Hollywood Zooms Its Lens On Washington, But Does Tinseltown Get It Right?

With political films capturing prestigious honors at the Oscars on Sunday, Hollywood showed that Washington is a ripe source for entertainment. Real historical events are the subject of Zero Dark Thirty, Argo, and Lincoln, proving that Americans are interested in stories about their government whether set in the 1860s, the 1970s, or today.  

American politics in general (and the presidency in particular) seem to be a limitless source of inspiration for storytellers. The presidency itself is depicted so much in fictional media that Wikipedia had to dedicate six separate lists to it!

And Washington’s appeal goes beyond dramatic Oscar bait. This year we’ll have not one but two action films where the White House is attacked and Secret Service agents have to rescue the president, with Olympus Has Fallen and White House Down. We also now have a sitcom based in the White House, with 1600 Penn, though we’ll see if fictional politicians can cause as much comedy as real ones. (Or a blogger making a fairly obvious joke about politicians.)

Injecting the president into a story instantly ups the stakes, because any threat to him is a threat to the free world. Moreover the presidency gives a film something anyone can identify with because the office is so prominent.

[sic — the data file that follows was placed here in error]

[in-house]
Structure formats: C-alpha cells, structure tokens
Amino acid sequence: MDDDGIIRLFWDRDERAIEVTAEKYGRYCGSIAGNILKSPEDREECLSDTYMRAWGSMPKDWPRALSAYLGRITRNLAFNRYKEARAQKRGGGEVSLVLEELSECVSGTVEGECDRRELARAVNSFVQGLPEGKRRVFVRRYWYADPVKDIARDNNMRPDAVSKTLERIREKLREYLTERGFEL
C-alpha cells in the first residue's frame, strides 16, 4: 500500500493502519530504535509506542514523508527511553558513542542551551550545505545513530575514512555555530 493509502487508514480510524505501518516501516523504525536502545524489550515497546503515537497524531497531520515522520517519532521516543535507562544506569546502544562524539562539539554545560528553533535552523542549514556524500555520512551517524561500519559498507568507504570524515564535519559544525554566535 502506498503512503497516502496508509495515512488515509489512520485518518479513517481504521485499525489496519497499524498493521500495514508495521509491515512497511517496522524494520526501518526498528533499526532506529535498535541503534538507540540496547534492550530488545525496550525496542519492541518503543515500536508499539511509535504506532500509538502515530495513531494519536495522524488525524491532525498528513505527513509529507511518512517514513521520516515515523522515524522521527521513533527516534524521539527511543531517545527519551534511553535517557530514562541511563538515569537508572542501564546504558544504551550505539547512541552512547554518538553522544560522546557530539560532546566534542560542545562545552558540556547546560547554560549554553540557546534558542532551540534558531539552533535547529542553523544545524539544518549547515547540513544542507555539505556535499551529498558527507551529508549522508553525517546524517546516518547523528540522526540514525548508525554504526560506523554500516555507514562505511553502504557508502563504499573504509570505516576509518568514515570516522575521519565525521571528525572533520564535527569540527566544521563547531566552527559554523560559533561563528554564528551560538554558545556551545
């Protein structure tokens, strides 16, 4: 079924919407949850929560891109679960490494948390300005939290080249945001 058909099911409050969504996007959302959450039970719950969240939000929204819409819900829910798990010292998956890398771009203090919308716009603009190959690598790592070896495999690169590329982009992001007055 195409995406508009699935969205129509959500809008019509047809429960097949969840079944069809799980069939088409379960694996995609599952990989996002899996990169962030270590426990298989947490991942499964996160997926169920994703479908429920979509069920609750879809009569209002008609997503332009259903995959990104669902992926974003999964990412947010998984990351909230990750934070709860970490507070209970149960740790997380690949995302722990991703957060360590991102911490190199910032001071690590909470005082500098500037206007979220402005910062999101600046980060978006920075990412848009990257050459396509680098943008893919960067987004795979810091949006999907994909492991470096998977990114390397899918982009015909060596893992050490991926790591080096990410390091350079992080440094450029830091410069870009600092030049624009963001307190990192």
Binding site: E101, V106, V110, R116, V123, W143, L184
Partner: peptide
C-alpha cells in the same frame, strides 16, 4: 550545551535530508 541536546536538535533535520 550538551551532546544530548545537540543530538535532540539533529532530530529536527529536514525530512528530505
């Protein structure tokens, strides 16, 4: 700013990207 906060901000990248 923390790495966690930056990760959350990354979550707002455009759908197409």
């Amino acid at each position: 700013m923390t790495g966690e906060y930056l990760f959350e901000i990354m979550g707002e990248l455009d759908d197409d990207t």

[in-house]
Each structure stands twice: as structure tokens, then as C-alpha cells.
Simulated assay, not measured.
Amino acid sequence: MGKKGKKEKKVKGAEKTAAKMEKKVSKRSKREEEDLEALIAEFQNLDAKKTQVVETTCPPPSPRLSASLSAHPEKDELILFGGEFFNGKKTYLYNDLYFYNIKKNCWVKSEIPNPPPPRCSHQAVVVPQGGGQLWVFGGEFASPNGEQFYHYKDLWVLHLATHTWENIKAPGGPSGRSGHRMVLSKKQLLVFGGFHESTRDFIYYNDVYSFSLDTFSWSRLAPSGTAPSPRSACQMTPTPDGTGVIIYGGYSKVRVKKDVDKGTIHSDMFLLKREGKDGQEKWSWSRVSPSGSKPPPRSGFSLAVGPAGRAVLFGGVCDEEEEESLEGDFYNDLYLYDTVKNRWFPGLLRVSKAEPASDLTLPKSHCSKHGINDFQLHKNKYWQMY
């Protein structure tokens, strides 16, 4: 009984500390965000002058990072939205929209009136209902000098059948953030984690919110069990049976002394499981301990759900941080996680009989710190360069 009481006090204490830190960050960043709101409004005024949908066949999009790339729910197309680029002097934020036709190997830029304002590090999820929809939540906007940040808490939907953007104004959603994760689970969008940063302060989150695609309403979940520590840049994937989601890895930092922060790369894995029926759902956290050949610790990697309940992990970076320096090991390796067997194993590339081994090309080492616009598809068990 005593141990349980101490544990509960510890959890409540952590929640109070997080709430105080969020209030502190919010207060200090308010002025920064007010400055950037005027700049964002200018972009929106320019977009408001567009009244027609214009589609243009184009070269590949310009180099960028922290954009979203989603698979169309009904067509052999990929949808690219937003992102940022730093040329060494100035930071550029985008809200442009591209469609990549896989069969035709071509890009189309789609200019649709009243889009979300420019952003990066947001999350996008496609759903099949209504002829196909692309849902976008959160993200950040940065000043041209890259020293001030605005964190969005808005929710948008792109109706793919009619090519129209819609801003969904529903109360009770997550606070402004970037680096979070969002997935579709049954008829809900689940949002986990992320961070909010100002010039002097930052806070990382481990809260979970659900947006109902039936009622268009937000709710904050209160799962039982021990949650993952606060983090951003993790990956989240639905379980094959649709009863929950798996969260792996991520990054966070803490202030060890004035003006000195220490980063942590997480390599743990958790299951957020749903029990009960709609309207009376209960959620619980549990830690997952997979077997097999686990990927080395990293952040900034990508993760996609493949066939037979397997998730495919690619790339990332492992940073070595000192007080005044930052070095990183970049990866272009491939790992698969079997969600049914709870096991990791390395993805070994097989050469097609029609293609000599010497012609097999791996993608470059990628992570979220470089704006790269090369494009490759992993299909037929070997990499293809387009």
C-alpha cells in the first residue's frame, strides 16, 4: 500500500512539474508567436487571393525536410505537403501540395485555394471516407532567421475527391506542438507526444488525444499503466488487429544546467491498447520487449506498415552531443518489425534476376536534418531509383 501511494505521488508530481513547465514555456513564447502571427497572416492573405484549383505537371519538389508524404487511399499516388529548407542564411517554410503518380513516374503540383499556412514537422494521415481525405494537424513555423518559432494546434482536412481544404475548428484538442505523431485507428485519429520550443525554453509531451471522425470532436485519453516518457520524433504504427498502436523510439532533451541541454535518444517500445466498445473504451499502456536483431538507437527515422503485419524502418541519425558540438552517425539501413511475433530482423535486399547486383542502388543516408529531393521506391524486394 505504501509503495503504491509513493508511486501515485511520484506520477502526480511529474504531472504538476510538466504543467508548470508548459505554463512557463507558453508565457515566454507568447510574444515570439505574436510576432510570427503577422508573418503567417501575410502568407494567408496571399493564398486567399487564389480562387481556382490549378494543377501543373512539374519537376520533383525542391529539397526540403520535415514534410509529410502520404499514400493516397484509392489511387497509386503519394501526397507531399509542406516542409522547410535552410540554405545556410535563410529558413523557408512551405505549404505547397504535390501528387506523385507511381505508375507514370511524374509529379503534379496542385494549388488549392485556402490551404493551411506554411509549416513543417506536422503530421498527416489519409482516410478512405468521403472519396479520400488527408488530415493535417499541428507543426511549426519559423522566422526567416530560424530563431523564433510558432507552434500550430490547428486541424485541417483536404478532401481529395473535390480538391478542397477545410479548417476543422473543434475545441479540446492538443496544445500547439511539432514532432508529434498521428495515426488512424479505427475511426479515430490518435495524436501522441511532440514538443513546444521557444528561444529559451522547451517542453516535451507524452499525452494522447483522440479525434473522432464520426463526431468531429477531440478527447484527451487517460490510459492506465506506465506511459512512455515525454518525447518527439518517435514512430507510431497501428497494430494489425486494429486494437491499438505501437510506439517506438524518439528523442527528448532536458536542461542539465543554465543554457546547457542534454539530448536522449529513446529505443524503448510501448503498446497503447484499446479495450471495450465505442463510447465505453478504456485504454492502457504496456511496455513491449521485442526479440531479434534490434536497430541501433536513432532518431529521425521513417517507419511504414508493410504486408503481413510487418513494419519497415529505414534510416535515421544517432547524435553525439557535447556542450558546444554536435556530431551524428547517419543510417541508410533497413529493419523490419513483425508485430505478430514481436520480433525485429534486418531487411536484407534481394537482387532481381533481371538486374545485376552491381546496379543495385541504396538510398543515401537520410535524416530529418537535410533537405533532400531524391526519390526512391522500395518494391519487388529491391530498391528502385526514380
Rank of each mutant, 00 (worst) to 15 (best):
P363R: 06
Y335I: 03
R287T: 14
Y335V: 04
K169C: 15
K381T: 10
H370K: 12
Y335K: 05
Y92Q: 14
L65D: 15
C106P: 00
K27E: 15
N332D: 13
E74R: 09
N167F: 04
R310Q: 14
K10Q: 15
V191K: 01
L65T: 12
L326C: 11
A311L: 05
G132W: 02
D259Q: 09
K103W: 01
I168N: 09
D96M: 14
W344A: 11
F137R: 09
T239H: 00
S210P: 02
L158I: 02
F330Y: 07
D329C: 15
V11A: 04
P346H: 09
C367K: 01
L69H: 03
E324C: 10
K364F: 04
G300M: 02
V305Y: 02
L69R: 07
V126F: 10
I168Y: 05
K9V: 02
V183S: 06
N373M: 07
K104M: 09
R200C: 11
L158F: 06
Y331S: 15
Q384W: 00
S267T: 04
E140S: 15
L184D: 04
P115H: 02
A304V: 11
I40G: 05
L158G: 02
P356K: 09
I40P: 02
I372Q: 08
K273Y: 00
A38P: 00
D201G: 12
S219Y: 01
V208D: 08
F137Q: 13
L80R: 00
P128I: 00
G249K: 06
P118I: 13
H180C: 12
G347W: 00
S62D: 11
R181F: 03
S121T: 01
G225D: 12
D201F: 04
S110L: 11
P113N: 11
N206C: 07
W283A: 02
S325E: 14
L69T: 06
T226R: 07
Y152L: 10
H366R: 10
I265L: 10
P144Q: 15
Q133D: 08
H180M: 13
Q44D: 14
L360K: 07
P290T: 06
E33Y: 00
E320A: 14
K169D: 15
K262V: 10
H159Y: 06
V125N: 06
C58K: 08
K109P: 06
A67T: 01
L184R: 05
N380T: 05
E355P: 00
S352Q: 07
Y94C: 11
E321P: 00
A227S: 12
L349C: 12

Of course unnecessarily inserting the president into a story can be distracting and unrealistic. On the TV show 24, the president was on the phone with field agents during a time of crisis about, oh, once every hour.

Obviously realism isn’t the goal for a lot of movies or TV shows, depending on the tone they’re trying to strike, but as a native Washingtonian, I kind of grit my teeth when Hollywood portrays the city and its denizens inauthentically or inaccurately, such as:

  • Filming scenes on streets so wide they couldn’t possibly be in DC, like in every episode of Bones I’ve ever seen (which is obviously filmed in Los Angeles).
  • Filling background shots with Washington landmarks from angles that do not exist. You can’t see the Capitol perfectly from every window in the city … or really any window, thanks to the Building Heights Act. But not according to this episode of Lie to Me:

  • Showing the president alone at any time ever, like in Dave when the title character sneaks off on a date with Sigourney Weaver. (You can watch it here; it’s charming but completely implausible to think the POTUS gets any privacy at all.)

Now of course I realize that the purpose of a movie or TV show is to entertain and not inform. Doctors roll their eyes at doctor shows; cops roll their eyes at cop shows. Of course people in politics are going to scoff at political shows too.

But if you want a good, authentic comedy about life in Washington, let me suggest Thank You For Smoking. For a realistic depiction of covert affairs, watch Charlie Wilson’s War, where the main characters are so far down the totem pole they never even speak to the president. And for a charming spoof of life in DC, check out this Perfect Strangers homage: